Does the youth dependency ratio drive economic growth?

Jane Galt and Malcolm Gladwell have a tiff

Gladwell, citing David Bloom and David Canning, suggested that changes in the "youth dependency ratio," account for a big chunk of Irish economic growth.  The youth dependency ratio refers to how many young-uns require support, relative to the broader population.  The Irish legalized contraception in 1979, birth rates continued to fall, and later the economy boomed.  But is the connection a causal one?

Here is a basic argument and model that the youth dependency ratio can matter.

I can see three possible mechanisms.  1) Fewer babies mean that more women work.  2) Fewer babies mean that each baby gets more parental investment; in the long run those people are smarter.  3) Fewer babies raises the savings rate.

Which of these might have operated in Ireland? 

On Mechanism #1, Irish women still work much less than the OECD average, yet Ireland is wealthier than almost anywhere else in Europe.  If a theory of growth first postulates a big or dominant effect, and then predicts rates but fails when it comes to predicting levels, I worry.

If we look at "rates of growth" only, this estimate suggests that more Irish female labor accounts for 1.5 percent Irish growth a year.  That hardly covers the growth gap between Ireland and the rest of Europe.  One estimate of elasticities suggests that an extra kid lowers an Irish woman’s chance of working full-time by 11.3 percent, but raises her chance of part-time work by 7.7 percent.  How far does that get us?  Bloom is a renowned labor economist but his article is far from state of the art macroeconomics.  Do note that increases in "total factor productivity" — often driven by foreign investment — seem to be more important than "growth in labor inputs" by a three to two ratio.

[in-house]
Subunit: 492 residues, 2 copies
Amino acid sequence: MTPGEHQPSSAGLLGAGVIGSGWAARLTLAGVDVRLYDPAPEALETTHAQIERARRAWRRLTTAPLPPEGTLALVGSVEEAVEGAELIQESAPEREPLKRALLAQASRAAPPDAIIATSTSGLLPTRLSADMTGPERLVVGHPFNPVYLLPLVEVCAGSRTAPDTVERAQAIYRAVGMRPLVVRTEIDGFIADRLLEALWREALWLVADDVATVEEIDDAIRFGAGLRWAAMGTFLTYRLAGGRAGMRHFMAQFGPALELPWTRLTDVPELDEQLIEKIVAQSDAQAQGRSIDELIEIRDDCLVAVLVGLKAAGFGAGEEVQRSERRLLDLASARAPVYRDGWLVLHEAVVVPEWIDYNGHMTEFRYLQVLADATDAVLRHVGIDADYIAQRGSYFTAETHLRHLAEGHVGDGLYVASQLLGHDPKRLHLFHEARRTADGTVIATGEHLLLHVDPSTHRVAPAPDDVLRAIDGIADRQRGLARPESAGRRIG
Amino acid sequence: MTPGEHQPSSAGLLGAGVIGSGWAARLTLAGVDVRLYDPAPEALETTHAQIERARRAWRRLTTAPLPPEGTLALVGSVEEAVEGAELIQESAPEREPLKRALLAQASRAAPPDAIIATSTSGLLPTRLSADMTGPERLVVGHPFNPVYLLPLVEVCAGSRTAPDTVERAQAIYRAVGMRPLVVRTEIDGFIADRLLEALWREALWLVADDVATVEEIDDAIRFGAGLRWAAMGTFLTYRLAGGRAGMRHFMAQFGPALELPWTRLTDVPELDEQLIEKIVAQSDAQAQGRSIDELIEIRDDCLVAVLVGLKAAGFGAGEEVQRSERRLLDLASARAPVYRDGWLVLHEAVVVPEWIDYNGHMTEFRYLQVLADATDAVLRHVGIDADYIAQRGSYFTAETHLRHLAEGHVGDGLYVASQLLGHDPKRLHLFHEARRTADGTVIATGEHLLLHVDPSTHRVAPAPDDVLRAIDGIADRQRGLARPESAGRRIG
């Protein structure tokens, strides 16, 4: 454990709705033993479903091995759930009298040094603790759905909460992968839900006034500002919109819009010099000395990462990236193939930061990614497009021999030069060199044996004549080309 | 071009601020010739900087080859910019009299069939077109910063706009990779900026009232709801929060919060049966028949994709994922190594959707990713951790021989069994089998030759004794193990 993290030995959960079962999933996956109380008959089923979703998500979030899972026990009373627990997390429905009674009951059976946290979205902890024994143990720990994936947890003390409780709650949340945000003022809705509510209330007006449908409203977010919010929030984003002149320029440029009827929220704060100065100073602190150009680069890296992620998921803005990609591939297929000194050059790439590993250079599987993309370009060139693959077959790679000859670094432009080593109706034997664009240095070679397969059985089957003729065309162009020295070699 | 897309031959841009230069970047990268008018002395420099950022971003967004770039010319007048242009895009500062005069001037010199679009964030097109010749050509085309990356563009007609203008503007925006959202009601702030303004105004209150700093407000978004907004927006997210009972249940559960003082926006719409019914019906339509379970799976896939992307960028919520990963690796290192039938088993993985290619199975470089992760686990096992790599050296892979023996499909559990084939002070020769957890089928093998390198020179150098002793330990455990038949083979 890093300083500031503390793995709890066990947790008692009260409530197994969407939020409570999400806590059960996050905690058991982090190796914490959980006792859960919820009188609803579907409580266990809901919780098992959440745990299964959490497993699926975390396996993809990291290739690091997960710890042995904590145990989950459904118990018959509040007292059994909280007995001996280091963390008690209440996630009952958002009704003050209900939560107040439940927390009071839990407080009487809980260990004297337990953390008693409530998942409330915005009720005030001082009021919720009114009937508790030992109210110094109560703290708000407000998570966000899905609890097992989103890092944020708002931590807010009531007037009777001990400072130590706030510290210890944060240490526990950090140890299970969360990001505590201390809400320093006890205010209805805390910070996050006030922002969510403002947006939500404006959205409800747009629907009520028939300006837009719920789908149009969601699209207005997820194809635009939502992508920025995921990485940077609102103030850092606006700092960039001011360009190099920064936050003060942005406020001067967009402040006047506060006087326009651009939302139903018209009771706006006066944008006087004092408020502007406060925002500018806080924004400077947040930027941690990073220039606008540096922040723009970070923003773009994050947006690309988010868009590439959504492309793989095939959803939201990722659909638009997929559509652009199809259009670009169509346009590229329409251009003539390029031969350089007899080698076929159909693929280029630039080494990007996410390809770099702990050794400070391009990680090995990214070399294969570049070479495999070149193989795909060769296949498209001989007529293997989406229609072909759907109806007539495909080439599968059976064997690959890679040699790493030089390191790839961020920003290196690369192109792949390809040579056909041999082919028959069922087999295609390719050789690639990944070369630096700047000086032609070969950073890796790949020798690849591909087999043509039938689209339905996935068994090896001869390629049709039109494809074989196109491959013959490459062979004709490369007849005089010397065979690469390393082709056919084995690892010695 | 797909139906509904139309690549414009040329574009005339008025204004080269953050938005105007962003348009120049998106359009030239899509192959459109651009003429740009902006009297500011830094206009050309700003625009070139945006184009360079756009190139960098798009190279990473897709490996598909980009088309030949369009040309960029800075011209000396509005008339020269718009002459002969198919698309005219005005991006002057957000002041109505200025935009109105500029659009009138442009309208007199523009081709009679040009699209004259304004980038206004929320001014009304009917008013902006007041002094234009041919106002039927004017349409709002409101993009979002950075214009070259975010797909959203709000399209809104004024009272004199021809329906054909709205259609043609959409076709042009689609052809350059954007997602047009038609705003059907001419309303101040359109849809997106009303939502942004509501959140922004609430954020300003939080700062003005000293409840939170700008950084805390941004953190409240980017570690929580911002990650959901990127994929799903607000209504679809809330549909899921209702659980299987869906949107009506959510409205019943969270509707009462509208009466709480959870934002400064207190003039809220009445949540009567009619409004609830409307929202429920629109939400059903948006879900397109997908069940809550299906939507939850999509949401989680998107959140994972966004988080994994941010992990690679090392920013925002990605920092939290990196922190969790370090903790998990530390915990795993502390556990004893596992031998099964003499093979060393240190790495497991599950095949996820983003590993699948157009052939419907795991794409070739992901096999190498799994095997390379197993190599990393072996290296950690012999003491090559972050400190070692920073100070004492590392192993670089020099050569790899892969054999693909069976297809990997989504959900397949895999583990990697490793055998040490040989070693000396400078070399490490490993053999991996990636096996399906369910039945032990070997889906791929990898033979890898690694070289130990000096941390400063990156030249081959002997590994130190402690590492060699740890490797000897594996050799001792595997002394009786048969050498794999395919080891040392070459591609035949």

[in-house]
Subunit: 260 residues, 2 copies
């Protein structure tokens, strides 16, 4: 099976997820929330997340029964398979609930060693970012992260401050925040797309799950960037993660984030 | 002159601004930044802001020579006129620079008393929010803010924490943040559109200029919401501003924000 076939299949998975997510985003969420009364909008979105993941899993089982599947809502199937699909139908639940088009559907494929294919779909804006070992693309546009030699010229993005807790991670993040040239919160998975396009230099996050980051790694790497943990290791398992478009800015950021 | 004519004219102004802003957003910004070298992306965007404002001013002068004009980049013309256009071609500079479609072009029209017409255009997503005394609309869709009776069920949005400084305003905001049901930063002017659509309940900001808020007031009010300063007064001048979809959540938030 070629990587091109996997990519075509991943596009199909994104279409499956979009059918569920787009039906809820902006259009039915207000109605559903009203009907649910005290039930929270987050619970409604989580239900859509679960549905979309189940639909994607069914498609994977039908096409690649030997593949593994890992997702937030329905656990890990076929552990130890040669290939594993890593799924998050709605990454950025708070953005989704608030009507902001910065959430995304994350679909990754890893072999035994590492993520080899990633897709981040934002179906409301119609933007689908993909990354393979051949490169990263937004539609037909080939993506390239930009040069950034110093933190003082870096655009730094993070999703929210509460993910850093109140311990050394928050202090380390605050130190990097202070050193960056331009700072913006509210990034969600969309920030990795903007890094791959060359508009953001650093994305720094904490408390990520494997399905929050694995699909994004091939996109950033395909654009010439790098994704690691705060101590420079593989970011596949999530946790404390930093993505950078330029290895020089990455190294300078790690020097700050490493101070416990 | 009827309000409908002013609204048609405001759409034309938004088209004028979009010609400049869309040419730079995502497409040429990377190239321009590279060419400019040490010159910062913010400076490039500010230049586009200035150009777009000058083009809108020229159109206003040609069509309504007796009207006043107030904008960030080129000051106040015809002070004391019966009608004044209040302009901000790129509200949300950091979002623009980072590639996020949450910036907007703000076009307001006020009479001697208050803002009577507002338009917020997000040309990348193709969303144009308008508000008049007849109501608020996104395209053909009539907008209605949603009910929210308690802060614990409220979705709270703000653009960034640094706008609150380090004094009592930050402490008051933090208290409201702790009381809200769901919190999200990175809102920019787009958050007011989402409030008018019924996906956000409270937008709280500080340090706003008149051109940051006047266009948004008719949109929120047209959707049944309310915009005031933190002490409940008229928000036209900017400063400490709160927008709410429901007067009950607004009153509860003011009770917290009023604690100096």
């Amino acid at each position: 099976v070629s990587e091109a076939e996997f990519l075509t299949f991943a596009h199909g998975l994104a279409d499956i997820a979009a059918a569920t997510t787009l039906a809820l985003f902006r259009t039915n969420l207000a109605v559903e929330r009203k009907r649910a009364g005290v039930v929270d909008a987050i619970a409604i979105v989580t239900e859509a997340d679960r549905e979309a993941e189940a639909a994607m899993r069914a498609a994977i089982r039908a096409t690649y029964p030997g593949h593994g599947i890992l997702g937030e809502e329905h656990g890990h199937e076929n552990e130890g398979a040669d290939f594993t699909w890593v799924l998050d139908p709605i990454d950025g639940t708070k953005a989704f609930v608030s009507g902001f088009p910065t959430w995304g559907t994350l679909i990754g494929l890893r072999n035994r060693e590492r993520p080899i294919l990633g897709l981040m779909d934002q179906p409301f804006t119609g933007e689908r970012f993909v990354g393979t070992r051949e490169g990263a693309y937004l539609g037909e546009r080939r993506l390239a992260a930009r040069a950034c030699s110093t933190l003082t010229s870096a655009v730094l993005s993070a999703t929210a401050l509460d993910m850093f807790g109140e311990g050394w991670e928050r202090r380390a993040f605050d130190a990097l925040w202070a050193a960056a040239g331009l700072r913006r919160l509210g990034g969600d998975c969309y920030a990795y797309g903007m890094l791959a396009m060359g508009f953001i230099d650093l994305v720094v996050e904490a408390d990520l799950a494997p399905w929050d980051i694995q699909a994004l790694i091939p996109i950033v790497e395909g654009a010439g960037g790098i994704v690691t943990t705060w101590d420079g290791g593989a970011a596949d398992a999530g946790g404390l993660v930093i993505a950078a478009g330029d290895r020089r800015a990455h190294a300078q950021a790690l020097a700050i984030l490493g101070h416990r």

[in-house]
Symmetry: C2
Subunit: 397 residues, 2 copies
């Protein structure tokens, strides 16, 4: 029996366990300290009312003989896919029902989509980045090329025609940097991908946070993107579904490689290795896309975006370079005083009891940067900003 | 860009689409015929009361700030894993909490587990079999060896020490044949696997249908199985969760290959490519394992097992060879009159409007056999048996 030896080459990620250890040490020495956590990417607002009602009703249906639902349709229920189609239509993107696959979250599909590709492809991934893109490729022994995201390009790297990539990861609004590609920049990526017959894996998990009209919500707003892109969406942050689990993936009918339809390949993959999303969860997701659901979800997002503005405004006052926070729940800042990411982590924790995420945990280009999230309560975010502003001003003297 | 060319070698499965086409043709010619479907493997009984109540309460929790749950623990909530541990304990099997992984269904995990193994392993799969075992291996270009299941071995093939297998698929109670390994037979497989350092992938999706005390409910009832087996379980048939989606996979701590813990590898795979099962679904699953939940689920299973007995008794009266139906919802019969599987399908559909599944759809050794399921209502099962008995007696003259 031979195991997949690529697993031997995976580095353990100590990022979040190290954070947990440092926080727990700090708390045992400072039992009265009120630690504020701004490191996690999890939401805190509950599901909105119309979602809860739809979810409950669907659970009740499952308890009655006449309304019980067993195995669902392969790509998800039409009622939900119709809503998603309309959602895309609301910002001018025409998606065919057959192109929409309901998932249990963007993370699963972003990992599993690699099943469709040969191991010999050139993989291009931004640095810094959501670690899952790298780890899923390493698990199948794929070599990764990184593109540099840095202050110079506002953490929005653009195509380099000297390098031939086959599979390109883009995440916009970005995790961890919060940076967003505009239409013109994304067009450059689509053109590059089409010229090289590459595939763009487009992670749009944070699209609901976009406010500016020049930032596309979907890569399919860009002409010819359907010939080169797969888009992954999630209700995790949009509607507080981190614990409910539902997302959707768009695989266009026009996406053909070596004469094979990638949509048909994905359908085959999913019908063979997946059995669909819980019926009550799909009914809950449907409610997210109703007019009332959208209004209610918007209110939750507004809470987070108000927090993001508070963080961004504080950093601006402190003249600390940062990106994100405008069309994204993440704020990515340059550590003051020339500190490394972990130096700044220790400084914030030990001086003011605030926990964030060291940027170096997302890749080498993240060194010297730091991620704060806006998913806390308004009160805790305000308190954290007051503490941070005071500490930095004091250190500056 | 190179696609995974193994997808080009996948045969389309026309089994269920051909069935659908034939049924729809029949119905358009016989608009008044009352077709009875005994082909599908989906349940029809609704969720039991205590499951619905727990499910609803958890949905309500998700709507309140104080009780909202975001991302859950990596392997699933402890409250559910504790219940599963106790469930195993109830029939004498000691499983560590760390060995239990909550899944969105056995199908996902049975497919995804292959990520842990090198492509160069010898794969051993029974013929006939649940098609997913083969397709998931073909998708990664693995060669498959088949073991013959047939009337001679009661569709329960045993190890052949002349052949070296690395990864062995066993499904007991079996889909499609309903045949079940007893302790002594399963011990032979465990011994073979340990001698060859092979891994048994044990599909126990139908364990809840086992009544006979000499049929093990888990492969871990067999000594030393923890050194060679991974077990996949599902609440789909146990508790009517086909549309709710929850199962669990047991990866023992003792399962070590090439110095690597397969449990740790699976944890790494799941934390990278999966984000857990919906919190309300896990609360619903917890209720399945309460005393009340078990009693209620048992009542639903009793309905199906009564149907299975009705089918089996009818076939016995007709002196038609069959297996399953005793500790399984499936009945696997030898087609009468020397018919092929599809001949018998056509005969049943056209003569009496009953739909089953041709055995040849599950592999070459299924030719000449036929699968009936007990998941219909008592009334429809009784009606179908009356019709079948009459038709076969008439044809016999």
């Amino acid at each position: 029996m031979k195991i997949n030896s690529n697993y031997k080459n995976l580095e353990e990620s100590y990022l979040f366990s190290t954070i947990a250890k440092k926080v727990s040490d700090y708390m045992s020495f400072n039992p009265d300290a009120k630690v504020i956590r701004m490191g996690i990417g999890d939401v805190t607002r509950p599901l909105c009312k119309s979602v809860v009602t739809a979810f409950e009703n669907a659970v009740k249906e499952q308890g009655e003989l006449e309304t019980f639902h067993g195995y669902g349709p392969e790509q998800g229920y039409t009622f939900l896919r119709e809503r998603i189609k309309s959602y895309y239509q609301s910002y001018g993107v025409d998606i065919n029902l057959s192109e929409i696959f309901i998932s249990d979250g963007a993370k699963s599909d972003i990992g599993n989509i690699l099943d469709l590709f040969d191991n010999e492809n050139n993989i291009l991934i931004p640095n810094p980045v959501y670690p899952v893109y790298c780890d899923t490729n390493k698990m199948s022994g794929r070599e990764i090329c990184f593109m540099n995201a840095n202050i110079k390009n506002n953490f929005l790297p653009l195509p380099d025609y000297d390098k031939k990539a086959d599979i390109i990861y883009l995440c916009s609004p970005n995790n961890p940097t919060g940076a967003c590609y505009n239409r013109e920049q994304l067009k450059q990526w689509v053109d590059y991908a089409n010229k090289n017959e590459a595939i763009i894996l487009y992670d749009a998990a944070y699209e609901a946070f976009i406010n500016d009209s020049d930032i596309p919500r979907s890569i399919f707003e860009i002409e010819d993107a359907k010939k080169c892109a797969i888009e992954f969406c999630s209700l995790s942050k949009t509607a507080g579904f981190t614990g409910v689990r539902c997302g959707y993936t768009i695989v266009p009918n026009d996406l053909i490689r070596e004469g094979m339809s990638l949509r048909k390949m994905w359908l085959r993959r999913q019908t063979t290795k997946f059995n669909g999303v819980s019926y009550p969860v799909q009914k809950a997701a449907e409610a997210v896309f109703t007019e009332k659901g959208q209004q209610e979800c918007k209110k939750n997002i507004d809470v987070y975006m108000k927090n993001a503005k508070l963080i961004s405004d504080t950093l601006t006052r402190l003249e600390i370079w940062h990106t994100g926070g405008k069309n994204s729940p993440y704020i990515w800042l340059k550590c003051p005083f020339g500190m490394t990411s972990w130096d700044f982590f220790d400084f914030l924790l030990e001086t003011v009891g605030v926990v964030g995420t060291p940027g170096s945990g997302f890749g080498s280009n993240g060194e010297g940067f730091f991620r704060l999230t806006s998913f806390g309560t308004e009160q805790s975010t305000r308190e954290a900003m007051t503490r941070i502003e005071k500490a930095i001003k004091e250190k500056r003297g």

It ought to be easy to show evidence that the Irish boom has been strongest in the sectors where women work the most, such as services and not manufacturing.  I can’t find that evidence, can my readers?

Mechanism #2 is for the long run and it cannot explain the Irish boom of recent times or the timing of its possible connection to contraception.  Higher skills are a big part of the Irish story, but the trend started in about 1967

Mechanism #3: In Ireland, since the mid 1970s, gross private savings rates have been falling, more or less.  More generally, time series models for a single country, including demographic ones, don’t predict savings rates very well.

These studies I am citing have their defects, but they do show that the overall question is not so simple.


1. These graphs show that, for developing countries, the change in the youth dependency ratio has "eyeball power" for 1975-1990, but not for 1960-1975. 

2. This study of Asia suggests that the youth dependency ratio matters, often through the savings rate (not the Irish scenario); the entire story is conditioned by "institutional factors."

3. Latin America has had falling birth rates but has failed to cash in.  As Bloom stresses, favorable birth rates help only if the country has good policies for putting the new female workers into productive positions.  In this regard Galt and Gladwell may not be so far apart.